Wednesday, May 11, 2011 - 9:49am
posted by Aaron Stiner,
Senior Program Manager,
Paths of HOPE, Catholic Charities

I am at one of the most intense, rewarding, and sometimes frightening times in my nonprofit career. And I don't think I'm alone.

As Senior Program Manager of Paths of HOPE at Catholic Charities, I am preparing to lead my team and a group of cross-functional, internal stakeholders, along with our CEO and Senior Management, through a two-day program planning session. With our CEO's support, this is my team's best opportunity to gain commitment from stakeholders on resourcing and supporting our program's priorities.

I'm a new leader, managing a young program with high expectations. It's fantastic work – very intense and rewarding. But it can be scary at times – looking at a mountain of work, thinking there has to be a better way to manage – because if we don't, we can't improve lives. No pressure there, ha!

As Board President of YNPN Phoenix, I often hear from other emerging nonprofit leaders – including our board – a shared desire to perform with high standards in the face of huge workloads, while at the same time wanting life/work balance. We love our commitments, but it can sometimes be a challenge to hold it all together!

But fear not, nonprofit professionals! There are ways to work through even the toughest times that don't always need to include escaping to an undisclosed tropical location and leaving your smart phone at home with your cat.

Facing a challenging situation at work? Access resources! The ASU Lodestar Center, the Alliance of Arizona Nonprofits, YNPN Phoenix, my fellow MNpS graduates, my coworkers, boss, friends, and professional mentors are all resources I access to get me unstuck on my quest to improve the common good.

Second, use tools and practices. I carry with me a deck of "check-in" cards which I use as a practice to open meetings with staff, board members, and volunteers. The cards focus on strengths-based reflections and are an easy tool to get meetings started on a positive note, even if you are discussing challenging issues.

Practices also useful when sorting through challenging and complex issues include asking open-ended questions, taking notes, and repeating/confirming what you heard others say. We can couple those practices with shared tracking documents that clearly outline deliverables, timelines, and responsibilities. Even setting up a basic Excel document will help you out when things start to get crazy. After all, you need to know who's responsible for what!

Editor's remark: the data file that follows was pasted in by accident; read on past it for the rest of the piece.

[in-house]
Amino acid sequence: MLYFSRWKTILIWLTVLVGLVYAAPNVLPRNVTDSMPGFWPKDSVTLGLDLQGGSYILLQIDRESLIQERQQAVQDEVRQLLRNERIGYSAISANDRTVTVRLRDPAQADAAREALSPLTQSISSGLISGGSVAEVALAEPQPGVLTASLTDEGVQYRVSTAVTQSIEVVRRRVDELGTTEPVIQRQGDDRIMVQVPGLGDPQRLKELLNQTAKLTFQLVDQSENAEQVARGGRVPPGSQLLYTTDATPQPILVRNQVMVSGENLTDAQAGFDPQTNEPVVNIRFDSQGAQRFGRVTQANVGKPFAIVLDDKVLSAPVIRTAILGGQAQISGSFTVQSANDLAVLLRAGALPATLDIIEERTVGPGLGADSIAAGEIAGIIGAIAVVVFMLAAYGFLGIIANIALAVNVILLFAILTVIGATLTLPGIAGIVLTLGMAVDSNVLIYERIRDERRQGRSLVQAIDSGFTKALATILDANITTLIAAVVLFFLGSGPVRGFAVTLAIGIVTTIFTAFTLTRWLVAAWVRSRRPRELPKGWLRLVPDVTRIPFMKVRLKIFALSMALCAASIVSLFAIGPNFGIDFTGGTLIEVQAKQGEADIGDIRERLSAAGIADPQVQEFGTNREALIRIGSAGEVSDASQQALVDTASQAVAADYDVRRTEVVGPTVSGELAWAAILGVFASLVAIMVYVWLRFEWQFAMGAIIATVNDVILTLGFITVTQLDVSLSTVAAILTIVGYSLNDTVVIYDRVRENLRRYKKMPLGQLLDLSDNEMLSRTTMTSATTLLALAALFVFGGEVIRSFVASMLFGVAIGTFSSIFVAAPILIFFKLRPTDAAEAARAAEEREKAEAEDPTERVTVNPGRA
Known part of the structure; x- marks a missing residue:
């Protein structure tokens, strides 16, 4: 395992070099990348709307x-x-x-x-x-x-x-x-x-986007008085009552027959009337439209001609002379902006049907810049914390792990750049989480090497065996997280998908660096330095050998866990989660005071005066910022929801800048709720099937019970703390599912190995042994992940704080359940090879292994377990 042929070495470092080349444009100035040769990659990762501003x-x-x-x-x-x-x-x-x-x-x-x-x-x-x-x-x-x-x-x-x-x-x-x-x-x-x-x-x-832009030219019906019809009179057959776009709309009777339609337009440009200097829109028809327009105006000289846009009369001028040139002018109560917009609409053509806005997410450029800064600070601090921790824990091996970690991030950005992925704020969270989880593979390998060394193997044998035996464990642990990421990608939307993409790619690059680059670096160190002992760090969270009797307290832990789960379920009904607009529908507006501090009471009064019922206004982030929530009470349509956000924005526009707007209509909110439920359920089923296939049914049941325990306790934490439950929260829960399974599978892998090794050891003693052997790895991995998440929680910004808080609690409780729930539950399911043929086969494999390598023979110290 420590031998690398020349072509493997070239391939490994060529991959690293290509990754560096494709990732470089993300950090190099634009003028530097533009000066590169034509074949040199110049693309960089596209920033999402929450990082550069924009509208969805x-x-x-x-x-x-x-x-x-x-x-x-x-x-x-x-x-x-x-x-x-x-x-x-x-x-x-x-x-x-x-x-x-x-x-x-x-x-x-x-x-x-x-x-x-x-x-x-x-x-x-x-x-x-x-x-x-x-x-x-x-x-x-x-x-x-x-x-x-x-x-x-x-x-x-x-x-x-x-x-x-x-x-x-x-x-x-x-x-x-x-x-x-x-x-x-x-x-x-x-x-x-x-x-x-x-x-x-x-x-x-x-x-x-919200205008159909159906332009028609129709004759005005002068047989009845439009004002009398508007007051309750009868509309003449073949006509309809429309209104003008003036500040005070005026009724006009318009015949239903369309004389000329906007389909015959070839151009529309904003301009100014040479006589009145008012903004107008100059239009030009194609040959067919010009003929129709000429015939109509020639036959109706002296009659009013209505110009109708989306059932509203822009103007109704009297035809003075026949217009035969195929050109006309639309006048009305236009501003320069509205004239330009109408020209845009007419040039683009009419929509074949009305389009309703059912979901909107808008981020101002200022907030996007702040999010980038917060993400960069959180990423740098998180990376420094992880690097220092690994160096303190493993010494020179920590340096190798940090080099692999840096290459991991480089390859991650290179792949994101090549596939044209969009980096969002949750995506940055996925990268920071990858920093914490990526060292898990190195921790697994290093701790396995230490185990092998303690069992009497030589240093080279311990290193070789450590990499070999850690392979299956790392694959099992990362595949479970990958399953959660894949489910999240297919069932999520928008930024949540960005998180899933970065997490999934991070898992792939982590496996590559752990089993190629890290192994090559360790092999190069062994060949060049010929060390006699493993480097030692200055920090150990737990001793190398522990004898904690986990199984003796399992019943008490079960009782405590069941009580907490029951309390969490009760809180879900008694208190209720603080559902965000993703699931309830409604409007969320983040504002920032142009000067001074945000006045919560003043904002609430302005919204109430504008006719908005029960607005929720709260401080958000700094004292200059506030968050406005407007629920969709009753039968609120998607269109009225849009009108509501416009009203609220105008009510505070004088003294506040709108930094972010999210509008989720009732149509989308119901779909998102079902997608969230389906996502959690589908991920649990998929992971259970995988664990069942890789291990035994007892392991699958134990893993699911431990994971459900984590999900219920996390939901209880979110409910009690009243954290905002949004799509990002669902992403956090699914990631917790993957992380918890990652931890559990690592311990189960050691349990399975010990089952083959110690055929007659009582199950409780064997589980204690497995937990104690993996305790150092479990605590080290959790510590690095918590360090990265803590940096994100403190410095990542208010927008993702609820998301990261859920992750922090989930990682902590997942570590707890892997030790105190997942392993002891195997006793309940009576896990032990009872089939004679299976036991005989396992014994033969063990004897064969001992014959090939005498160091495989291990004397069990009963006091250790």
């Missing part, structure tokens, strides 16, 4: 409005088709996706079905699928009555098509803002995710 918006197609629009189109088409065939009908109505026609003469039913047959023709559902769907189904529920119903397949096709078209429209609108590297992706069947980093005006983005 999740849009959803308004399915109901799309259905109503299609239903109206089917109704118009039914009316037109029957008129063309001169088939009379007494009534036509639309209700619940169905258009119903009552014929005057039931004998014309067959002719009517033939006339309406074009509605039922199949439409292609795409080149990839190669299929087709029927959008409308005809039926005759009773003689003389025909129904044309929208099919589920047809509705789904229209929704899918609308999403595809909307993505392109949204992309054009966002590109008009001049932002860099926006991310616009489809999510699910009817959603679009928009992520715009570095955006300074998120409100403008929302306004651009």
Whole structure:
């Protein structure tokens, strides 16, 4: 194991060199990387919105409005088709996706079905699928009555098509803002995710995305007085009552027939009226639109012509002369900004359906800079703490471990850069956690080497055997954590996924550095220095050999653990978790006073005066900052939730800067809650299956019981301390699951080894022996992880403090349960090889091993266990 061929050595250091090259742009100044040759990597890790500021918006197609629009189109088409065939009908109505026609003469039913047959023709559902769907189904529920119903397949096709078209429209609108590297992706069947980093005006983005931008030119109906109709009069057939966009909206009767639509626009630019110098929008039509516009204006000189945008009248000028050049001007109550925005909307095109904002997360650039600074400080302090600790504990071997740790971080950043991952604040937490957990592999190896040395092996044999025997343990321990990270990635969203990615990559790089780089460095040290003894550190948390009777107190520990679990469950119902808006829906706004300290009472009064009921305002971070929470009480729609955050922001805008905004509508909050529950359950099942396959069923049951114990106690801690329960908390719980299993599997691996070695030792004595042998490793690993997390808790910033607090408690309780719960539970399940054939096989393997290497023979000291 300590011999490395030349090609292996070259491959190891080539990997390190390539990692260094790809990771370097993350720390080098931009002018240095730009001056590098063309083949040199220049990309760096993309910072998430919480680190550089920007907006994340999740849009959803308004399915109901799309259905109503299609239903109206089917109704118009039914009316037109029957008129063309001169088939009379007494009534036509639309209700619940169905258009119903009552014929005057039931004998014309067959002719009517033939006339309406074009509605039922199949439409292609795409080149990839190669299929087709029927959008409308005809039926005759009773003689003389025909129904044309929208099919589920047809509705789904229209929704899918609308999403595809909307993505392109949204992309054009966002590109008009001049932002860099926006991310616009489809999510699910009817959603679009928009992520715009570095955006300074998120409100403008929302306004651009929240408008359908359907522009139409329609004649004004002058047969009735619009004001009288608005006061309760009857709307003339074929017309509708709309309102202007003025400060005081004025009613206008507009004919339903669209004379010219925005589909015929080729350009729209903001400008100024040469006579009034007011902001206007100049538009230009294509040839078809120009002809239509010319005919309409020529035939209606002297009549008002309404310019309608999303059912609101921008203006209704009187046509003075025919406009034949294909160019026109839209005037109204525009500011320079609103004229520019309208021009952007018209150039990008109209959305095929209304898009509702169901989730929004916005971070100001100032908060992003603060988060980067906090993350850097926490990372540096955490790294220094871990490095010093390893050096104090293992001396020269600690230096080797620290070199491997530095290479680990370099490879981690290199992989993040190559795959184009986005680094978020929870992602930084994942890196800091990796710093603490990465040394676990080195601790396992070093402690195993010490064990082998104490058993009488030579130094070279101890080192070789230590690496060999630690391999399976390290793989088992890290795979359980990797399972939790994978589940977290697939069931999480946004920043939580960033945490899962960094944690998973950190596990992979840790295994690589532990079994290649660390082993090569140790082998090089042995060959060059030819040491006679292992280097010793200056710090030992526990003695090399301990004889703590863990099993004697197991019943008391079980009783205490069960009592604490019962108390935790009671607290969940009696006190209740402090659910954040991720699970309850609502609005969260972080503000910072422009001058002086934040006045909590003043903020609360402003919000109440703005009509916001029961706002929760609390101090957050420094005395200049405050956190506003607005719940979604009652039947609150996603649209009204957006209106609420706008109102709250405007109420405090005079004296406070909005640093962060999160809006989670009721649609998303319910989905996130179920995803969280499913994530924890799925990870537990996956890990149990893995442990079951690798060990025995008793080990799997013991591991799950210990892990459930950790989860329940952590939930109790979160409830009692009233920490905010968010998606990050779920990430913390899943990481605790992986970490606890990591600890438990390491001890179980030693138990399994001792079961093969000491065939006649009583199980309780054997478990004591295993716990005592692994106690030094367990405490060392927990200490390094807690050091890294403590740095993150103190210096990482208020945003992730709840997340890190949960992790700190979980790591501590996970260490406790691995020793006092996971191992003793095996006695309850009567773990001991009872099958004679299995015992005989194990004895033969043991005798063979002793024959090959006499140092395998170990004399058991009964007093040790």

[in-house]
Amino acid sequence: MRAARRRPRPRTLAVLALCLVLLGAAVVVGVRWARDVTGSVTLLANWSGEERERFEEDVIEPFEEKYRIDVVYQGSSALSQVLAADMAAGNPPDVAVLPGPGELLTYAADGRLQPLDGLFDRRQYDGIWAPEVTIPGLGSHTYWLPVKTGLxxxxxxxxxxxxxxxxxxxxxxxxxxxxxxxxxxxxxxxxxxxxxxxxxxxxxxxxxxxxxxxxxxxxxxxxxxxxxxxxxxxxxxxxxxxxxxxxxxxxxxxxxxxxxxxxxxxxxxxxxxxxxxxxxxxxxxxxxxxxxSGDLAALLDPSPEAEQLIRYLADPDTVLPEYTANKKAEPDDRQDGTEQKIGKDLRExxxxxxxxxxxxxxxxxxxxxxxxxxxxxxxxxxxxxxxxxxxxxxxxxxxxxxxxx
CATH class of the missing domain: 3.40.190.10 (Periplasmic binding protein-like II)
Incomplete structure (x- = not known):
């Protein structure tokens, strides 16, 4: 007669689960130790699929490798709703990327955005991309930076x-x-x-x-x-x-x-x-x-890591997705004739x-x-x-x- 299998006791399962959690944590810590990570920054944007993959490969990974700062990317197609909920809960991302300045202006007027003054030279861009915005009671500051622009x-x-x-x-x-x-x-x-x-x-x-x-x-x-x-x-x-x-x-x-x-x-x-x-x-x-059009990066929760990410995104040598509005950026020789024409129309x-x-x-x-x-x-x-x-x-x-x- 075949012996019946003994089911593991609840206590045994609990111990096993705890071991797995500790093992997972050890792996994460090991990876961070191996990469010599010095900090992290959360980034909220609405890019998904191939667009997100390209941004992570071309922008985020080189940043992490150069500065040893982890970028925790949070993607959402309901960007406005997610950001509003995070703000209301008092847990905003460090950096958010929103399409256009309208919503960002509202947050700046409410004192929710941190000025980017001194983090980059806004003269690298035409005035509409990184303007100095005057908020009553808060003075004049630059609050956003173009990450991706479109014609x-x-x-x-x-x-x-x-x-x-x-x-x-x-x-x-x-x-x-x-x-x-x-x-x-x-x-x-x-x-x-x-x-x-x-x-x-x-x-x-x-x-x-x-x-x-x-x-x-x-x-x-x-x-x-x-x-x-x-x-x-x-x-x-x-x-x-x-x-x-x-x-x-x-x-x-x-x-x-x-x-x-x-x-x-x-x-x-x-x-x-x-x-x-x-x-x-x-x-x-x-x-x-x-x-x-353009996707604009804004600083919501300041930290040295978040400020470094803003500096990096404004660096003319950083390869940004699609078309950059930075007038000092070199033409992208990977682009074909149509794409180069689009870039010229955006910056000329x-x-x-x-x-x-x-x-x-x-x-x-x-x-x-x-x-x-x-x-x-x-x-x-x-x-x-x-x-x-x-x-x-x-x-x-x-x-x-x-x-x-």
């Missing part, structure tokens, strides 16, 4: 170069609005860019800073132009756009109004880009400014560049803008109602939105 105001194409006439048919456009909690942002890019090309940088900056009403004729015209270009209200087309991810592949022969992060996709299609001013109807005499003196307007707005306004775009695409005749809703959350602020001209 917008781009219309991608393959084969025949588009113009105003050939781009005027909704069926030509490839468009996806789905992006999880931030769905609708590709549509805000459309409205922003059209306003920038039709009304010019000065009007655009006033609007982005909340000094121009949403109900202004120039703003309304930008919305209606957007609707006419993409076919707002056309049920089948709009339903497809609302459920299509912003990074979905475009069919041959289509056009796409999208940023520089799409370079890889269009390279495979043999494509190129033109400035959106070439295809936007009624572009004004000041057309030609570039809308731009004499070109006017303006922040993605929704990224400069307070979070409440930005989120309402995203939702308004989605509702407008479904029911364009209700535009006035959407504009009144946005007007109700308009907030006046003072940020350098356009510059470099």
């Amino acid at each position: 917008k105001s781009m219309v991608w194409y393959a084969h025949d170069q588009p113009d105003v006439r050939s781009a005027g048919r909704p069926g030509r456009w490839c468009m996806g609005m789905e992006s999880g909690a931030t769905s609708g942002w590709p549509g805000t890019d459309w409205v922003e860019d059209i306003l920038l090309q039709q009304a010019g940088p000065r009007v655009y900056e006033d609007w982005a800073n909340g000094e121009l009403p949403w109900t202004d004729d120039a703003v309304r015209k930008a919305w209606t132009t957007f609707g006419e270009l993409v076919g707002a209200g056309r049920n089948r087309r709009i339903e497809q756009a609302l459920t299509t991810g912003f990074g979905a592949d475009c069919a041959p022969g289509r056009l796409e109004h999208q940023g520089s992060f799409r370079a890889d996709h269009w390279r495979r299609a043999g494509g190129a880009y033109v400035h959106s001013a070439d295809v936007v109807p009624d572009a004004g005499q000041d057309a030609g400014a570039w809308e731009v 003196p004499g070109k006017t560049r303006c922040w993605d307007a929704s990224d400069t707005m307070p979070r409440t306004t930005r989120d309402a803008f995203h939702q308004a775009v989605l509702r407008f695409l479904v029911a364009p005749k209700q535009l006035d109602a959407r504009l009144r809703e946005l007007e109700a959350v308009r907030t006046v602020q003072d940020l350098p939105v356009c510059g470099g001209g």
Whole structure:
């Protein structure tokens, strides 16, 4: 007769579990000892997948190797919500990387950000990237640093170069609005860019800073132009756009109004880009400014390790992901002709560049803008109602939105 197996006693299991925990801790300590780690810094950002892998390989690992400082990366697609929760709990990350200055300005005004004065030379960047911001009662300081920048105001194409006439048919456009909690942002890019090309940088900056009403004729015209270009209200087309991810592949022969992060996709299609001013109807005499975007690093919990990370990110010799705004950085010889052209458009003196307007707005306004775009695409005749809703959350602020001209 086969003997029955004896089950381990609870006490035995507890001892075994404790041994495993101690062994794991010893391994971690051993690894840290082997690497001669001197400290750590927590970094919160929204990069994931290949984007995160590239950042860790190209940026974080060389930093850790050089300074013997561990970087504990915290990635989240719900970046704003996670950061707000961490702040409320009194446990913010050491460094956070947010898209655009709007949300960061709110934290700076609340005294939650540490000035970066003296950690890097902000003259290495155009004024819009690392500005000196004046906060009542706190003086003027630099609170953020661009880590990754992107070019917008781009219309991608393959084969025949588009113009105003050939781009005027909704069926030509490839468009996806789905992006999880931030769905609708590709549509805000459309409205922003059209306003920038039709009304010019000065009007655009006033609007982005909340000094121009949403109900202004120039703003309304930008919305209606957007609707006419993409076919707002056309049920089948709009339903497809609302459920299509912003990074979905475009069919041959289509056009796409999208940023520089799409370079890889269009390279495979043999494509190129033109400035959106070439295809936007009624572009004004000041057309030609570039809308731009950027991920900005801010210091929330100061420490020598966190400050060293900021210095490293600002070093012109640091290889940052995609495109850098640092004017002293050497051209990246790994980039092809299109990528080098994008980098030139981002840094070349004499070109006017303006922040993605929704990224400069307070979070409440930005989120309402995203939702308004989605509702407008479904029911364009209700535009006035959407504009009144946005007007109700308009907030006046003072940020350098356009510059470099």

Finally, ask for help! As a nonprofit professional, you are duty-bound to speak the truth about the obstacles and challenges, whether personal or organizational, that hold you back from fully delivering your organization's mission. You may not always get the answer you want, but consistently raising issues, in a positive manner, can sometimes be the only way to gain access to the resources you need to have an impact and have a life!

Good luck as you face the challenges of serving as a nonprofit professional! Remember, you are not alone and there are resources, tools and practices that you can access to help in your good work. If you have your own tips for nonprofit success, please share in the comments section below. Thank you!



Bio: Aaron Stiner serves as Sr. Program Manager for the Catholic Charities' Paths of HOPE program and as Board President of YNPN Phoenix.

Comments

Hello friends, it looks like the comment section was down, - it deleted a couple of comments - but is up and working now!

I had commented that another practice I bring to my nonprofit success is believing that everyone I am working with has good intentions and is interested in improving the common good.

Past YNPN Phoenix board member Genevieve Croker had also left a comment asking about seeing the "Check-in Cards".

Gen: I do have an electronic copy of the deck, including instructions. But, the cards are copyrighted by Gallup. I have contacted them to see if we can share with select nonprofit audiences. I will keep you posted!

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